The Adventure Continues

TT in the Blue Mountains and Sheldy in New York.

Culture Shock.

Sunday, May 12, 2013

On Your Toes

Another show I thought I'd never see has been ticked off the bucket list now that Encores has thoughtfully revived Rodgers & Hart's ON YOUR TOES with staging by Warren Carlyle, even utilising the original 1936 George Balanchine choreography for "Slaughter on Tenth Avenue". The show got off to a smashing start as we were introduced to vaudeville hoofers The Dolans played by veteran tappers extraordinaire Randy Skinner and Karen Ziemba and charismatic youngster Dalton Harrod as the precocious Junior Dolan.  It is young Junior's eye for curvaceous chorines that gets him packed off to school where he grows up to be a teacher of classical music (now played by Shonn Wiley) renouncing his vaudeville past.
When one of his students writes a jazz ballet called "Slaughter on 10th Avenue", Junior passes it on to wealthy impressario Peggy Porterfield (the soignee Christine Baranski) who is sponsoring a visiting Russian ballet troupe run by Sergei Alexandrovitch (Walter Bobbie in the evening's best performance). Junior becomes smitten with tempestuous prima ballerina Vera Baranova (Irina Dvorovenko, perfectly cast) to the sorrow of his lovestruck girlfriend Frankie (Kelli Barrett). When lead dancer Konstantine (the sizzling Joaquin De Luz) is unable to master the jazz syncopation required for the new ballet, Junior is called upon to take the lead.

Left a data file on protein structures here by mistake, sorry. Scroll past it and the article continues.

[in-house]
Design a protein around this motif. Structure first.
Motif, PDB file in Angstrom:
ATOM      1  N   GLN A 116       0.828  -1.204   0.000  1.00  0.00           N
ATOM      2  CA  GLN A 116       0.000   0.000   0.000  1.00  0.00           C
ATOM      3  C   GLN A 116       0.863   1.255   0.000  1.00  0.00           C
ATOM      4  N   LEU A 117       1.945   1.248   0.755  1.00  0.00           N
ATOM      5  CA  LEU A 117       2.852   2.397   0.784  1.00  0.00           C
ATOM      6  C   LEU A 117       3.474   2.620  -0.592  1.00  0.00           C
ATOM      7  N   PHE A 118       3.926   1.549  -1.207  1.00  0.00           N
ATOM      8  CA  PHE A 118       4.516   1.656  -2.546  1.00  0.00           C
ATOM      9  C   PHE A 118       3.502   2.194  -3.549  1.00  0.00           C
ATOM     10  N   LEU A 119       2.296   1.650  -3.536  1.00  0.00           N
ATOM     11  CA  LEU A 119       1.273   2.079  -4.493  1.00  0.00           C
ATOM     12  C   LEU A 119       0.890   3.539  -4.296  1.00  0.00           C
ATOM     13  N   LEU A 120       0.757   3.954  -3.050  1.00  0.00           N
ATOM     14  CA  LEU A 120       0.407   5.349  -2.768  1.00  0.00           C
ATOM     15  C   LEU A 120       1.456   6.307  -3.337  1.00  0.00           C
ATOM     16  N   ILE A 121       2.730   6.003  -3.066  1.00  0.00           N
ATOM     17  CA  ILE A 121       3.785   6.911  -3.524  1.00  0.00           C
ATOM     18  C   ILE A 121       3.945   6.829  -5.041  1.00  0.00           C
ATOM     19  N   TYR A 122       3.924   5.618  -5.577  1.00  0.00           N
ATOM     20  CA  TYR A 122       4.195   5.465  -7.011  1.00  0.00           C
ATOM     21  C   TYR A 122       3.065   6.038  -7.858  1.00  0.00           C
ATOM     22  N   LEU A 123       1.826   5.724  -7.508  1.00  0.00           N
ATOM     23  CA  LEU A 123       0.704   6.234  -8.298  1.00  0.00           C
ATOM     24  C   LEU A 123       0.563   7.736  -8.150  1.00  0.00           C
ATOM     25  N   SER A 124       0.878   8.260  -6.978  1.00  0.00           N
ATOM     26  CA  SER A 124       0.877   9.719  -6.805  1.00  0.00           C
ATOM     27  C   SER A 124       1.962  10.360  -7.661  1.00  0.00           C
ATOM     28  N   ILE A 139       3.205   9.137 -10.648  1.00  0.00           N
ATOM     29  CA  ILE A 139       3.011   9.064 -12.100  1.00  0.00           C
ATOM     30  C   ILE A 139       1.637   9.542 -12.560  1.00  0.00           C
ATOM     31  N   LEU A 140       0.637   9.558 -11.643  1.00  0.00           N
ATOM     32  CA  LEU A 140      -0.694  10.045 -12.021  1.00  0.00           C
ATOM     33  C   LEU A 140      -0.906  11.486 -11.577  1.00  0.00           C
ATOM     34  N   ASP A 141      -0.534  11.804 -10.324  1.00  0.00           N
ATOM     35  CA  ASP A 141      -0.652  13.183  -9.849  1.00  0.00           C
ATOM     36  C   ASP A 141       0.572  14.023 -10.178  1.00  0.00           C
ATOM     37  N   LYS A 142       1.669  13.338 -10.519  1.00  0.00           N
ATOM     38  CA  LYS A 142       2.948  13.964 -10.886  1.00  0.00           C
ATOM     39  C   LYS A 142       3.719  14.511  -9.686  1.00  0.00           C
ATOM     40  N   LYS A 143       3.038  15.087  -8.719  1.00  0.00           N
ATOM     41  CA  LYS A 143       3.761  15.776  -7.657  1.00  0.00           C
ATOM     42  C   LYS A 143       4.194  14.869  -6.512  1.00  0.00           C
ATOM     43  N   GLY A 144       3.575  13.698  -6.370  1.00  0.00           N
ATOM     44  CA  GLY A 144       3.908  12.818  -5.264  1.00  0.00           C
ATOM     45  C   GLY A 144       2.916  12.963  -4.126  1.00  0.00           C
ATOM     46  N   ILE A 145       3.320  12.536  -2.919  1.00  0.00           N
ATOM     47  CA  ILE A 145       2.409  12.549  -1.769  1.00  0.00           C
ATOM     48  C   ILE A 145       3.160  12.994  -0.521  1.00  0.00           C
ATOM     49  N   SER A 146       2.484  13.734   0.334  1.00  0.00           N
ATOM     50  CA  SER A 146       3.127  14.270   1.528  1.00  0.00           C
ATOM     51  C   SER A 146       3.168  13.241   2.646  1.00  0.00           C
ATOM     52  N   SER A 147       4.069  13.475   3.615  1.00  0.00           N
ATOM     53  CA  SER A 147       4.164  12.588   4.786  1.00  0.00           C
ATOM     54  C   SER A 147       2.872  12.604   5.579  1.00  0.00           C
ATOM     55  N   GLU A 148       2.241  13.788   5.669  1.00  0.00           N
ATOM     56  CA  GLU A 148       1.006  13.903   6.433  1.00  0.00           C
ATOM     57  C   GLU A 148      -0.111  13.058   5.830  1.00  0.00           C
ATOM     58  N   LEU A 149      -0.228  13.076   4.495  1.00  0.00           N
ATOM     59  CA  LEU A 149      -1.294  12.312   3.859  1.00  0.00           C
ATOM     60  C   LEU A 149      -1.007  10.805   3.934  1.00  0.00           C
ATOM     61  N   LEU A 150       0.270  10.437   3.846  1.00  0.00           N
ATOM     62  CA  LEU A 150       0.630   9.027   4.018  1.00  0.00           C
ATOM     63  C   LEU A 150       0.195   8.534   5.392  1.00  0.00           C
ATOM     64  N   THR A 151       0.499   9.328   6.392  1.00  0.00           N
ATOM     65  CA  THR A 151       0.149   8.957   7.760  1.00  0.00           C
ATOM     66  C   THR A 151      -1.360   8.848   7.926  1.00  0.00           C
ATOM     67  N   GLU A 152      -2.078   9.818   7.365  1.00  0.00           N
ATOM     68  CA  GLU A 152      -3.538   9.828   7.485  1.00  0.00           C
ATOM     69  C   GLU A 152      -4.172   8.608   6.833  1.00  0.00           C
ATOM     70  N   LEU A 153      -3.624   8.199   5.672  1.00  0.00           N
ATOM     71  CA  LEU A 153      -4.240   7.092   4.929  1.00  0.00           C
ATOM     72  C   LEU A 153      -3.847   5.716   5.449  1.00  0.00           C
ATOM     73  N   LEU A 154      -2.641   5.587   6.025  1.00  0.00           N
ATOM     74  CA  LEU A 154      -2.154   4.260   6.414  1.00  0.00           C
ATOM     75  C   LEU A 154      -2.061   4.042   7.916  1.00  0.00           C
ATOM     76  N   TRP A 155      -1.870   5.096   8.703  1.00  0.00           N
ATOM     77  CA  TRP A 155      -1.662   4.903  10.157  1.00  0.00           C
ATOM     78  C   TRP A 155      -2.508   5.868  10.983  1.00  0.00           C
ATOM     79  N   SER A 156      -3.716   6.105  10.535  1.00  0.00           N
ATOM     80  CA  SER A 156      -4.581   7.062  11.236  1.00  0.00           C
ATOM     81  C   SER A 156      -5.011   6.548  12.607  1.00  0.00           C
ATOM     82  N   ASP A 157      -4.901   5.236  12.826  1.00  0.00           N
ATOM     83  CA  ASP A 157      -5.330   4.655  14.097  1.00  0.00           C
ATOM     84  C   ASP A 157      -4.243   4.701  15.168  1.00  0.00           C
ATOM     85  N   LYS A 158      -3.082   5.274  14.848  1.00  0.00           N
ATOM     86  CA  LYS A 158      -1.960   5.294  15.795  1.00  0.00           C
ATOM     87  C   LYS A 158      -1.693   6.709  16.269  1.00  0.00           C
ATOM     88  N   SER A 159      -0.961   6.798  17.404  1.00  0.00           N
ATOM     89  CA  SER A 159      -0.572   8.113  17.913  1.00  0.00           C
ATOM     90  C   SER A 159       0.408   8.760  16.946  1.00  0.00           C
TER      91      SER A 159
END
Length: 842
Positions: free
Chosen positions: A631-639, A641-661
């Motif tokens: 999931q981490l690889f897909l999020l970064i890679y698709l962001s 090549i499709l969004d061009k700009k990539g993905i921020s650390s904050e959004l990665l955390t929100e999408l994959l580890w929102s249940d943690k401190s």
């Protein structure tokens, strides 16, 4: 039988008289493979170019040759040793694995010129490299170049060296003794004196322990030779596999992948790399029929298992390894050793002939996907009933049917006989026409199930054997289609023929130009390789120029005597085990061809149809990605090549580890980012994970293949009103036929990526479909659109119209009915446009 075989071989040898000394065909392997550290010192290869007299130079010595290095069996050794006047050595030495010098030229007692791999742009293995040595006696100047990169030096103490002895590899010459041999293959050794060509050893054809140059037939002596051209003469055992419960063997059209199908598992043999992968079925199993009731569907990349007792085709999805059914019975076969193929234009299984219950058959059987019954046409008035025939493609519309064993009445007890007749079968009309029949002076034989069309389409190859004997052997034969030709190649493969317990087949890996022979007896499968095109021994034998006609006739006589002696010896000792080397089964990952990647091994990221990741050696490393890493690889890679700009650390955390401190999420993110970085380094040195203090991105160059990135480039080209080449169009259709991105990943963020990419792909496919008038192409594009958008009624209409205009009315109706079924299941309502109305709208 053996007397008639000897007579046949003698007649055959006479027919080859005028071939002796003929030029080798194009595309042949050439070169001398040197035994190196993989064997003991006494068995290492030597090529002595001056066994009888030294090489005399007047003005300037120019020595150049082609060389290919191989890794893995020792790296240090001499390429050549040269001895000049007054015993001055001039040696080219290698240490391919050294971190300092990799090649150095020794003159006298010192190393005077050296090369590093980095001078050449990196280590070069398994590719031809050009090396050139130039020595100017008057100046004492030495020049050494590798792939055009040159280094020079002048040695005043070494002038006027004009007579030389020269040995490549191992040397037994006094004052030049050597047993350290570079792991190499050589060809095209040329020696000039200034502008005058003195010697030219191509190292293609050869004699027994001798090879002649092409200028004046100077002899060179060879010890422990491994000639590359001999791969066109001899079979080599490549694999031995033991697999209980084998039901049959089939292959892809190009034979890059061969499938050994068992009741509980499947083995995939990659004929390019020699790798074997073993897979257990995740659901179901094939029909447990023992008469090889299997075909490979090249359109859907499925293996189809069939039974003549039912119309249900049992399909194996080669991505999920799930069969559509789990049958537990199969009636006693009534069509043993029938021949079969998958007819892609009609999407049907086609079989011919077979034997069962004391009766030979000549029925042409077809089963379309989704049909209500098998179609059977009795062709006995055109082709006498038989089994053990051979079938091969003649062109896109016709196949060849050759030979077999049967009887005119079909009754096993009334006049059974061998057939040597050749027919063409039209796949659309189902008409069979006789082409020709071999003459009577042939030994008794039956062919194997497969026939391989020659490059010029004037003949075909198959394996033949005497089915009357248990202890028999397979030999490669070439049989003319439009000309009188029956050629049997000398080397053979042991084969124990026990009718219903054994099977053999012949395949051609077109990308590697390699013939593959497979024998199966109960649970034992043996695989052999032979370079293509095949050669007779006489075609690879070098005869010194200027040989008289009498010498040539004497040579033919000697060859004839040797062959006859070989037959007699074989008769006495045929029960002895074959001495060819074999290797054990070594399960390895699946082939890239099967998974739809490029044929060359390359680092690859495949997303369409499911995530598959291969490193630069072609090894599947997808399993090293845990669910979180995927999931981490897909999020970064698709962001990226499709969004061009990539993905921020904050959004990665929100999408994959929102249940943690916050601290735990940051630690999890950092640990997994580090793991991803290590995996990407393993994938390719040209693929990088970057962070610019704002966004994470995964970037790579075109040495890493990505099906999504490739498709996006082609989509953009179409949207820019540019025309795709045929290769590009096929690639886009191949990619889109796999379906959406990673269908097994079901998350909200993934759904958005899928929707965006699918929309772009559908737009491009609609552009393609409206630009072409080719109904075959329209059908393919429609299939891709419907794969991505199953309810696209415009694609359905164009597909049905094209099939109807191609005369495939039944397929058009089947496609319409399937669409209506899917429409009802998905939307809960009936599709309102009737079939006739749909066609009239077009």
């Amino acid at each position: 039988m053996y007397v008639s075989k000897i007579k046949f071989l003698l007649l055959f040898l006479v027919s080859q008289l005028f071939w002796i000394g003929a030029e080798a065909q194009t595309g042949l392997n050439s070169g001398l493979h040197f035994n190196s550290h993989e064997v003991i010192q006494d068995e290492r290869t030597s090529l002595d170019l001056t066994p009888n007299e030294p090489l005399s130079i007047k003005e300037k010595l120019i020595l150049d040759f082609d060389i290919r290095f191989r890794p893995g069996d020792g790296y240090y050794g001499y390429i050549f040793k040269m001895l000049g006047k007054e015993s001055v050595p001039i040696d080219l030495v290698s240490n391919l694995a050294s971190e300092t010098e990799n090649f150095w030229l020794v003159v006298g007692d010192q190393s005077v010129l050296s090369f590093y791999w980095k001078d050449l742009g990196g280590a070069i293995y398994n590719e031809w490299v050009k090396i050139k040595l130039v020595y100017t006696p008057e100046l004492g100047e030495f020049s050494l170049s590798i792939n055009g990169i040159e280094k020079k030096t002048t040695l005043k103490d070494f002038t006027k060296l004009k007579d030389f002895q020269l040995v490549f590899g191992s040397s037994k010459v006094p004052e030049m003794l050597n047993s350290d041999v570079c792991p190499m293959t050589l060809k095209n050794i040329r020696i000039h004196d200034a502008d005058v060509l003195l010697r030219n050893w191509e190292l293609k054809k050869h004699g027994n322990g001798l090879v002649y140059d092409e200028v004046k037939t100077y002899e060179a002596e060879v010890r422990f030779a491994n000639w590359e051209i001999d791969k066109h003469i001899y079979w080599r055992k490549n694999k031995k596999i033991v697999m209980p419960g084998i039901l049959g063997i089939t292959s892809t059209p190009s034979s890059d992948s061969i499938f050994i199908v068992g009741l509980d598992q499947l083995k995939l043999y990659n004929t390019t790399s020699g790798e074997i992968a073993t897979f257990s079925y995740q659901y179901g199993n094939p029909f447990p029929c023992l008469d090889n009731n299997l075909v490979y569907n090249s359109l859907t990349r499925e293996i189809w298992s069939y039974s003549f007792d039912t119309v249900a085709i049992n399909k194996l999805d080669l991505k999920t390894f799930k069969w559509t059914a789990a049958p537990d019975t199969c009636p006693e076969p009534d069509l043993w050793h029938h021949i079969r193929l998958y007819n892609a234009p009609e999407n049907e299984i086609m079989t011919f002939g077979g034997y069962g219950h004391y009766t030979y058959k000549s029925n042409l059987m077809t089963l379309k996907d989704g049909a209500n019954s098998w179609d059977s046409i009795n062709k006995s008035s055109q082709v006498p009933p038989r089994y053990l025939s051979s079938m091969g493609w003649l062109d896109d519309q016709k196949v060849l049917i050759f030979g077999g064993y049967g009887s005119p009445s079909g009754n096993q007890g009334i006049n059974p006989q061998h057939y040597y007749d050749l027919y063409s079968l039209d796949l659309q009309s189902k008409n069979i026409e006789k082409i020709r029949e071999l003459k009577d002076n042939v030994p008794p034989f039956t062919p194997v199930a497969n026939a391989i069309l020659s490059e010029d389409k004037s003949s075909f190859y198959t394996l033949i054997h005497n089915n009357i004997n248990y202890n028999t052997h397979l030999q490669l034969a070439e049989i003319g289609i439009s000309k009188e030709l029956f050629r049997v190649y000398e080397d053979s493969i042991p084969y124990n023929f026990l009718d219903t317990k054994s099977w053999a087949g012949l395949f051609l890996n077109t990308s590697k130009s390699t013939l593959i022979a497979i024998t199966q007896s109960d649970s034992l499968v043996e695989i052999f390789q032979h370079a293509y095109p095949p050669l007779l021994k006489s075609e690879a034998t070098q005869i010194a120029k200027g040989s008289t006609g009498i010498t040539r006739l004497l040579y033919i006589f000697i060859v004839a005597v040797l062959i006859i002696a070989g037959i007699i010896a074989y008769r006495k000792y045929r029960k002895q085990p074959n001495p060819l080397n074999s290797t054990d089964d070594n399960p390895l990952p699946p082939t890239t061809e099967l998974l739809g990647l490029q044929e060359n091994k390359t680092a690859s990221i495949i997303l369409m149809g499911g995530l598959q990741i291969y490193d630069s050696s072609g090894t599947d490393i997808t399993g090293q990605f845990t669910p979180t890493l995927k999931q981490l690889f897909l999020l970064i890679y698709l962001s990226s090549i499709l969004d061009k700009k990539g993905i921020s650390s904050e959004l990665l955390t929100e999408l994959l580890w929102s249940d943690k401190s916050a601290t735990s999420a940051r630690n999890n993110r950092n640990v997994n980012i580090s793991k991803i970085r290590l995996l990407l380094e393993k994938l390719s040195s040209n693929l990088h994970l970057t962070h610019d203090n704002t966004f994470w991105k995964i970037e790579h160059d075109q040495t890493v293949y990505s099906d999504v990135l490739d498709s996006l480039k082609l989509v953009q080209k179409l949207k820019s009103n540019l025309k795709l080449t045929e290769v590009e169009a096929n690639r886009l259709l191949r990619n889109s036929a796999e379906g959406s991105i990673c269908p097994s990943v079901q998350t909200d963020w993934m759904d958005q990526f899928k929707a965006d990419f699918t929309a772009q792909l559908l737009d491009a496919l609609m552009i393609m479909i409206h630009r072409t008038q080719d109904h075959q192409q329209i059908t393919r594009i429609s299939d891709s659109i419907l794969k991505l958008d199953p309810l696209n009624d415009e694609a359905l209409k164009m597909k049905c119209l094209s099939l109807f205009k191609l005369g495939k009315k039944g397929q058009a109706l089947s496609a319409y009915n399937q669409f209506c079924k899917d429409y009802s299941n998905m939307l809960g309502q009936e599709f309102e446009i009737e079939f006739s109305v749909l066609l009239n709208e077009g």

The jealous Konstantine hires a gunman to kill Junior during the ballet forcing the terrified hoofer to dance for his life until the police arrive to arrest the hitman.
Naturally, "Slaughter" was a highlight but the score is packed with gems such as "There's a Small Hotel", "It's Got To Be Love", "Glad To Be Unhappy" and the gorgeous "Quiet Night". But the evening's out and out showstopper was the title song, a joyous and thrilling challenge dance between the Russian ballet dancers and Junior's music students in tap shoes which finally ended with the company dancing in perfect unison. A knockout.

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